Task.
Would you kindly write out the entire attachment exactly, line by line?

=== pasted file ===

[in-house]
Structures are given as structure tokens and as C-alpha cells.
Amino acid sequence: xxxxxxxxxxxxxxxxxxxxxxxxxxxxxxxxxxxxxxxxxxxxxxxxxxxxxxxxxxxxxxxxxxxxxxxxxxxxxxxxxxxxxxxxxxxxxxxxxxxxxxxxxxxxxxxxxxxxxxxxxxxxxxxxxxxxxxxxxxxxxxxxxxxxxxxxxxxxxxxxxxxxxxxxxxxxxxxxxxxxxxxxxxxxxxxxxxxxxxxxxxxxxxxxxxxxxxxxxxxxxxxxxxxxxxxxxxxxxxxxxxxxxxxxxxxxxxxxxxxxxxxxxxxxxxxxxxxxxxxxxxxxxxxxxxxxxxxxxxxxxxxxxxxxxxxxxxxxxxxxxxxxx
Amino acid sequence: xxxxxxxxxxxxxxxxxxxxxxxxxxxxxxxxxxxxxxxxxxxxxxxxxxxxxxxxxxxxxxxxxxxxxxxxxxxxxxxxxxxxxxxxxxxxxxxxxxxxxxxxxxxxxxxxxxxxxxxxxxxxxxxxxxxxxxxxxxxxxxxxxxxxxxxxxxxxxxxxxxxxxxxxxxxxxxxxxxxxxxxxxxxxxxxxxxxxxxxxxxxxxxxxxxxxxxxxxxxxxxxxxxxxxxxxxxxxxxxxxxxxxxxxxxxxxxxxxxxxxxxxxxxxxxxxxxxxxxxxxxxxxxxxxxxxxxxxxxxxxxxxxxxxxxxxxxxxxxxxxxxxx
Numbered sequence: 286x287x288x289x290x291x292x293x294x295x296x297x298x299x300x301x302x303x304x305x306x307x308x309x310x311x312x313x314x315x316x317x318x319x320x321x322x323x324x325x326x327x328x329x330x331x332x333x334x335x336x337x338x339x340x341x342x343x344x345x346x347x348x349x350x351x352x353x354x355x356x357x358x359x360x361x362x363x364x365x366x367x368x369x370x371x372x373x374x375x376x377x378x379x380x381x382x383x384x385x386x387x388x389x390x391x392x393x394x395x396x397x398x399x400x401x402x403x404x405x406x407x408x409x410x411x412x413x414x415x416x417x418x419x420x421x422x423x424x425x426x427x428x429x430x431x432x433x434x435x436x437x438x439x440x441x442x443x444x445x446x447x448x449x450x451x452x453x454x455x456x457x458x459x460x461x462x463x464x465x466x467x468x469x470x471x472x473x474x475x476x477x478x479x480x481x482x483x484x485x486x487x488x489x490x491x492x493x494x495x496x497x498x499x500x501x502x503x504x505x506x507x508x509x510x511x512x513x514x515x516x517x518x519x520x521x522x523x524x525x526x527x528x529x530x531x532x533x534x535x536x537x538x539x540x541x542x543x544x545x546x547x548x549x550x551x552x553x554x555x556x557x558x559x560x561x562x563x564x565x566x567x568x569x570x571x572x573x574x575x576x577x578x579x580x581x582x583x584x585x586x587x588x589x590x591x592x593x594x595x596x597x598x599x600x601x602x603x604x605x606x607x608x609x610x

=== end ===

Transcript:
[in-house]
Structures are given as structure tokens and as C-alpha cells.
Amino acid sequence: xxxxxxxxxxxxxxxxxxxxxxxxxxxxxxxxxxxxxxxxxxxxxxxxxxxxxxxxxxxxxxxxxxxxxxxxxxxxxxxxxxxxxxxxxxxxxxxxxxxxxxxxxxxxxxxxxxxxxxxxxxxxxxxxxxxxxxxxxxxxxxxxxxxxxxxxxxxxxxxxxxxxxxxxxxxxxxxxxxxxxxxxxxxxxxxxxxxxxxxxxxxxxxxxxxxxxxxxxxxxxxxxxxxxxxxxxxxxxxxxxxxxxxxxxxxxxxxxxxxxxxxxxxxxxxxxxxxxxxxxxxxxxxxxxxxxxxxxxxxxxxxxxxxxxxxxxxxxxxxxxxxxx
Amino acid sequence: xxxxxxxxxxxxxxxxxxxxxxxxxxxxxxxxxxxxxxxxxxxxxxxxxxxxxxxxxxxxxxxxxxxxxxxxxxxxxxxxxxxxxxxxxxxxxxxxxxxxxxxxxxxxxxxxxxxxxxxxxxxxxxxxxxxxxxxxxxxxxxxxxxxxxxxxxxxxxxxxxxxxxxxxxxxxxxxxxxxxxxxxxxxxxxxxxxxxxxxxxxxxxxxxxxxxxxxxxxxxxxxxxxxxxxxxxxxxxxxxxxxxxxxxxxxxxxxxxxxxxxxxxxxxxxxxxxxxxxxxxxxxxxxxxxxxxxxxxxxxxxxxxxxxxxxxxxxxxxxxxxxxx
Numbered sequence: 286x287x288x289x290x291x292x293x294x295x296x297x298x299x300x301x302x303x304x305x306x307x308x309x310x311x312x313x314x315x316x317x318x319x320x321x322x323x324x325x326x327x328x329x330x331x332x333x334x335x336x337x338x339x340x341x342x343x344x345x346x347x348x349x350x351x352x353x354x355x356x357x358x359x360x361x362x363x364x365x366x367x368x369x370x371x372x373x374x375x376x377x378x379x380x381x382x383x384x385x386x387x388x389x390x391x392x393x394x395x396x397x398x399x400x401x402x403x404x405x406x407x408x409x410x411x412x413x414x415x416x417x418x419x420x421x422x423x424x425x426x427x428x429x430x431x432x433x434x435x436x437x438x439x440x441x442x443x444x445x446x447x448x449x450x451x452x453x454x455x456x457x458x459x460x461x462x463x464x465x466x467x468x469x470x471x472x473x474x475x476x477x478x479x480x481x482x483x484x485x486x487x488x489x490x491x492x493x494x495x496x497x498x499x500x501x502x503x504x505x506x507x508x509x510x511x512x513x514x515x516x517x518x519x520x521x522x523x524x525x526x527x528x529x530x531x532x533x534x535x536x537x538x539x540x541x542x543x544x545x546x547x548x549x550x551x552x553x554x555x556x557x558x559x560x561x562x563x564x565x566x567x568x569x570x571x572x573x574x575x576x577x578x579x580x581x582x583x584x585x586x587x588x589x590x591x592x593x594x595x596x597x598x599x600x601x602x603x604x605x606x607x608x609x610x